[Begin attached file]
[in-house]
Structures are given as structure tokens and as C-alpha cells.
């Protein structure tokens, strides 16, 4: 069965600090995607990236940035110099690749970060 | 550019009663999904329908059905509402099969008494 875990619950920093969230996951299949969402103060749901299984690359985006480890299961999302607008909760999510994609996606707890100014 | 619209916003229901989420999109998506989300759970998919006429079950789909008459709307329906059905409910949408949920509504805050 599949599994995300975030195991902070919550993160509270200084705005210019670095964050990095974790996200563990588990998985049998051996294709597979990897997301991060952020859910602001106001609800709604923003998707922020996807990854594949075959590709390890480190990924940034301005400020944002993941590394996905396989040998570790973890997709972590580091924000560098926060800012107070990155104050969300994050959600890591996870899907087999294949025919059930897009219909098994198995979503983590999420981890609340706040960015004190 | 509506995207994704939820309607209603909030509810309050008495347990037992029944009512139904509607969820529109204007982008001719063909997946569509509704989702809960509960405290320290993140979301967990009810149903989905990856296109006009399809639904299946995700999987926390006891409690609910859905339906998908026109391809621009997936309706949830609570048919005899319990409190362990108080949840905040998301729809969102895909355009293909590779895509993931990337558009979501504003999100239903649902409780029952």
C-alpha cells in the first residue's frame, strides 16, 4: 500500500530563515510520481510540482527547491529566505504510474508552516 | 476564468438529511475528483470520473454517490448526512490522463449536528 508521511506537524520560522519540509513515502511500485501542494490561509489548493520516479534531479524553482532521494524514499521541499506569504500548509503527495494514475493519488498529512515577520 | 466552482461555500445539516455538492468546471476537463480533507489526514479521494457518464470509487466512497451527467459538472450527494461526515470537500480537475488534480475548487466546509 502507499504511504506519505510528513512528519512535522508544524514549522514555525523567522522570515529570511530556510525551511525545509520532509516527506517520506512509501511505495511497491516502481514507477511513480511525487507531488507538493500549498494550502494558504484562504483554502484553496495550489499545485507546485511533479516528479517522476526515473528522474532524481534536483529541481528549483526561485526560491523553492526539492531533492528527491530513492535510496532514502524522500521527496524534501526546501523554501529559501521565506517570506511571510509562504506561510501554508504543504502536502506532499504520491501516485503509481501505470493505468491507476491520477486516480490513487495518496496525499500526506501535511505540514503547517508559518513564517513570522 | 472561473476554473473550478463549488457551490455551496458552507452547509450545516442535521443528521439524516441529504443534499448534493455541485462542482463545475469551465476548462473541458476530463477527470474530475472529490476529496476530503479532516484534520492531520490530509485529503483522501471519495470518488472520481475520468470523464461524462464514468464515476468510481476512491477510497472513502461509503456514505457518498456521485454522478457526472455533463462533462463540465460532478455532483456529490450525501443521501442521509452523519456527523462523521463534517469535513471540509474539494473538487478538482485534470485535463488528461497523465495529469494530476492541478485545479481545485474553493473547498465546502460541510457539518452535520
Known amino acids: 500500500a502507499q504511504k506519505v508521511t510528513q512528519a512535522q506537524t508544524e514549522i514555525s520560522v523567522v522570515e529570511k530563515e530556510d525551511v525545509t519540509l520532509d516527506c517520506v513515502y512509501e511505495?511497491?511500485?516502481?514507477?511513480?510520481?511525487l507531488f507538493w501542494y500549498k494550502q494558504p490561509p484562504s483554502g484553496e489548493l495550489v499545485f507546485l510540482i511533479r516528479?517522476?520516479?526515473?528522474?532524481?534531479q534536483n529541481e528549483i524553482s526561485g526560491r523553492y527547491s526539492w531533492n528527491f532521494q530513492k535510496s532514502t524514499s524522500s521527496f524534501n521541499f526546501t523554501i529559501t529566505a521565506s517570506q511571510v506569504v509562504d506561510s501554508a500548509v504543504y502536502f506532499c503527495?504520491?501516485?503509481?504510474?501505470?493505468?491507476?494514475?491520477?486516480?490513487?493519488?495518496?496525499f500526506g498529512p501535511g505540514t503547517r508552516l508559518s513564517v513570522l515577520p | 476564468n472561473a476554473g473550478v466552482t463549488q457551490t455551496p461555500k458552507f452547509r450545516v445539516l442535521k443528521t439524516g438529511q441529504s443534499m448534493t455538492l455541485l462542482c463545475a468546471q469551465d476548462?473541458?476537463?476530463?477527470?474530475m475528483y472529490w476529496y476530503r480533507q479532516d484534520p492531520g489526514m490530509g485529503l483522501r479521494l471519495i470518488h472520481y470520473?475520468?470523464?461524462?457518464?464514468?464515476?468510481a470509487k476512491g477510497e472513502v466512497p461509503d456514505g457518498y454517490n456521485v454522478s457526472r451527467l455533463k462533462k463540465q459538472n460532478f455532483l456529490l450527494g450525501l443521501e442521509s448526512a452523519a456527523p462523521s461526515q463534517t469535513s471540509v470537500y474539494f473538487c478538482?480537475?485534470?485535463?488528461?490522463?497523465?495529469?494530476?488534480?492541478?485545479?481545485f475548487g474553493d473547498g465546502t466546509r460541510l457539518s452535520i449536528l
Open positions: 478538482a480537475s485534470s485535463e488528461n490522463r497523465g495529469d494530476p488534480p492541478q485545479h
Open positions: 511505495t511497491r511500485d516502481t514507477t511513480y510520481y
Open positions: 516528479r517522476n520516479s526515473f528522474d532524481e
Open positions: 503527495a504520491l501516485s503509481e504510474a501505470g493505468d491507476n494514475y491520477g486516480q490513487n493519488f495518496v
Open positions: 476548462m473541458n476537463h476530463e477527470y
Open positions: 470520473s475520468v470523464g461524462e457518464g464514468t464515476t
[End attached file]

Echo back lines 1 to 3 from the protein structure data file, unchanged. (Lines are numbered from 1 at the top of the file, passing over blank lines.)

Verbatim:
[in-house]
Structures are given as structure tokens and as C-alpha cells.
């Protein structure tokens, strides 16, 4: 069965600090995607990236940035110099690749970060 | 550019009663999904329908059905509402099969008494 875990619950920093969230996951299949969402103060749901299984690359985006480890299961999302607008909760999510994609996606707890100014 | 619209916003229901989420999109998506989300759970998919006429079950789909008459709307329906059905409910949408949920509504805050 599949599994995300975030195991902070919550993160509270200084705005210019670095964050990095974790996200563990588990998985049998051996294709597979990897997301991060952020859910602001106001609800709604923003998707922020996807990854594949075959590709390890480190990924940034301005400020944002993941590394996905396989040998570790973890997709972590580091924000560098926060800012107070990155104050969300994050959600890591996870899907087999294949025919059930897009219909098994198995979503983590999420981890609340706040960015004190 | 509506995207994704939820309607209603909030509810309050008495347990037992029944009512139904509607969820529109204007982008001719063909997946569509509704989702809960509960405290320290993140979301967990009810149903989905990856296109006009399809639904299946995700999987926390006891409690609910859905339906998908026109391809621009997936309706949830609570048919005899319990409190362990108080949840905040998301729809969102895909355009293909590779895509993931990337558009979501504003999100239903649902409780029952």